On December 7, the Occupational Safety and Health Administration (OSHA) announced a Denver-based information technology services provider must reinstate a whistleblower who raised concerns about the company’s failure to pay trust fund taxes to the Internal Revenue Service (IRS). 303 Technologies Inc. violated the Taxpayer First Act, according to the agency, and must pay the employee more than $81,000 in back wages and provide 24.5 percent stock ownership in the company.
“The Taxpayer First Act protects employees’ rights to report actual or potential tax-law violations or engage in other protected activities,” Jennifer S. Rous, OSHA’s Denver regional administrator, said in an agency statement. “OSHA enforces federal laws that protect employees who report possible wrongdoing from fear of retaliation and punishment.”
OSHA’s whistleblower protection authority was first established in the Occupational Safety and Health Act of 1970 to protect workers who lodge safety or health complaints or cooperate in investigations of workplace safety and health violations. The agency is now responsible for investigating whistleblower complaints under more than 20 federal statutes, ranging from aviation, commercial motor carrier, consumer product, food, motor vehicle, nuclear, and pipeline safety to anti-money laundering, criminal antitrust, environmental, financial reform, health insurance reform, maritime, public transportation, railroad, securities, and tax laws.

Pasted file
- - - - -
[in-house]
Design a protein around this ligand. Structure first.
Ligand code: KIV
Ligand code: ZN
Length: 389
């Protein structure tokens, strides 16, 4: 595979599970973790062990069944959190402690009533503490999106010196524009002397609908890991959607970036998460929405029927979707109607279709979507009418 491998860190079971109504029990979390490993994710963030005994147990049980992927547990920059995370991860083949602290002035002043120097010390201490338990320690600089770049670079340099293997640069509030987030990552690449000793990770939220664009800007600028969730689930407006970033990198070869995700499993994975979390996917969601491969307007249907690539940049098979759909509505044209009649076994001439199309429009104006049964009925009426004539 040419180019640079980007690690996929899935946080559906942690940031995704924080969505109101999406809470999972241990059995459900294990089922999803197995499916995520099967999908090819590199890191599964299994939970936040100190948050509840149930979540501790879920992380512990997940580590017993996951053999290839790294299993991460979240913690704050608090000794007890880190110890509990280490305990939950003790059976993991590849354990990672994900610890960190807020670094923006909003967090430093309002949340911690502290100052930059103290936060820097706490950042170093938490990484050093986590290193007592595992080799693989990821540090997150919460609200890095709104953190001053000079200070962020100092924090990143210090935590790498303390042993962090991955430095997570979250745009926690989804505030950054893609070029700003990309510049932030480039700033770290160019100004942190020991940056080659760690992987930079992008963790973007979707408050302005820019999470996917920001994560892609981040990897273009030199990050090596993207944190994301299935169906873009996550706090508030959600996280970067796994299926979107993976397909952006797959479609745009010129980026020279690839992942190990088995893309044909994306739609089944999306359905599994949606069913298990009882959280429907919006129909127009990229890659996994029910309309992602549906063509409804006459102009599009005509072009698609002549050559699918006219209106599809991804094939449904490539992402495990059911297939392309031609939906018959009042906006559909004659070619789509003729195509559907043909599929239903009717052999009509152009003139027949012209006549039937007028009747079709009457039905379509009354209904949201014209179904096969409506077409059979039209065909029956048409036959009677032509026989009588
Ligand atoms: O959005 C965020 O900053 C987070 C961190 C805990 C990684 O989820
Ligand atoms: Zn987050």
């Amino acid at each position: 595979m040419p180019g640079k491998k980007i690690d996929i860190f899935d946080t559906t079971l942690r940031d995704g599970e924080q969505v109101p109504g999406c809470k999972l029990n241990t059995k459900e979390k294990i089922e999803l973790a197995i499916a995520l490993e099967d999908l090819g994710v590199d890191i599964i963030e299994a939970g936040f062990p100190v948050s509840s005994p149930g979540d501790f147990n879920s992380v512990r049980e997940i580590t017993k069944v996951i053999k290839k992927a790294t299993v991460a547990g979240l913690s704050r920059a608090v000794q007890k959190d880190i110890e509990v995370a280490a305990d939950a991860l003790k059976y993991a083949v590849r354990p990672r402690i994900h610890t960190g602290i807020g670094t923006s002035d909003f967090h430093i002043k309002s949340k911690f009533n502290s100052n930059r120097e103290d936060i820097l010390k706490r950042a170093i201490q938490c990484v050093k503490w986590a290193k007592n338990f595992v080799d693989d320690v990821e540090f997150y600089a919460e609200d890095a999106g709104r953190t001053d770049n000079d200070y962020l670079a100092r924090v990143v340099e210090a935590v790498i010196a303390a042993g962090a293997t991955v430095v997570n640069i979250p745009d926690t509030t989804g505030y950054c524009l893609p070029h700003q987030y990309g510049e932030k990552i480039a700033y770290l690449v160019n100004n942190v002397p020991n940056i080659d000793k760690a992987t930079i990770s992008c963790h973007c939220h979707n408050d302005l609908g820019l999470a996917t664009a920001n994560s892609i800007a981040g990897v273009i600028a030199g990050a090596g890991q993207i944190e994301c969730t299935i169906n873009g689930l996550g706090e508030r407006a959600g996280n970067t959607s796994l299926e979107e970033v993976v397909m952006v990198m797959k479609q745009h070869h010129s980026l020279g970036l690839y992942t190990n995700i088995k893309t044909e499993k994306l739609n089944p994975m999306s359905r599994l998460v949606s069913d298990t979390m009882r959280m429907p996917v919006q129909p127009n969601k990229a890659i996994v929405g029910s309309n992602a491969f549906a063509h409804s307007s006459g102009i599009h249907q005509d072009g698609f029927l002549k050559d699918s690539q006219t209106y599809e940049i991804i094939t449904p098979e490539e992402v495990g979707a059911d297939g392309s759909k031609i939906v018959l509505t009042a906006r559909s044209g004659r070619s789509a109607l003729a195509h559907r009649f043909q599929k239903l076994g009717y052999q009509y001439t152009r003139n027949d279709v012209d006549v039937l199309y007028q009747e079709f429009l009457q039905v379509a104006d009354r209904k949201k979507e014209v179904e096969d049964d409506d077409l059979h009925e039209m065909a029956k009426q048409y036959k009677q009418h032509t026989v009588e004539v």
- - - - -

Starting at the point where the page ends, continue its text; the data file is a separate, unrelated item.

OSHA cites employer in confined space fatalities
Texarkana, Arkansas-based Belt Construction Inc. failed to test oxygen levels in a confined space before 2 workers entered a sewer 20 feet below the ground at an Edmond, Oklahoma, worksite and died because of a lack of oxygen, OSHA reported December 7. The agency cited Belt Construction with 6 serious and 2 willful violations, seeking proposed penalties totaling $287,150.
Agency inspectors concluded that on June 14, an employee of Belt Construction climbed into a newly installed sewer manhole to conduct testing when the worker lost consciousness. Trying to rescue the worker, a second employee followed into the manhole and lost consciousness. The two workers later succumbed to their injuries.
The employer did not complete required planning before allowing workers to enter the space, according to OSHA. In pre-entry planning, a confined space must be tested for safety, including determining if ventilation is needed. Belt Construction also failed to provide rescue equipment and did not train workers on confined space entry procedures or obtain permits required by federal law.
“Two lives were lost–and family, friends, and co-workers are left to grieve–because Belt Construction Inc. failed to follow legally required steps designed to prevent a needless incident like this from happening,” Steven Kirby, OSHA’s Oklahoma City area director, said in an agency statement. “Employers assigning people to work inside a confined space must comply with safety standards, including providing and ensuring the use of required safety equipment, and obtain all necessary permits before the job starts to avoid tragedy.”
From 2011 to 2018, 1,030 workers died in confined space incidents—61 of them in sewers, manholes, and storm drains—according to recently reported Bureau of Labor Statistics data.
There are a variety of confined space hazards across industries. A permit-required confined space is one that contains or can contain a hazardous atmosphere; contains material that may engulf a worker; has walls that converge inward or floors that slope downward and taper into a smaller area where a worker can become trapped or asphyxiate; or contains a recognized safety or health hazard, such as excessive heat, exposed live wires, or unguarded machinery.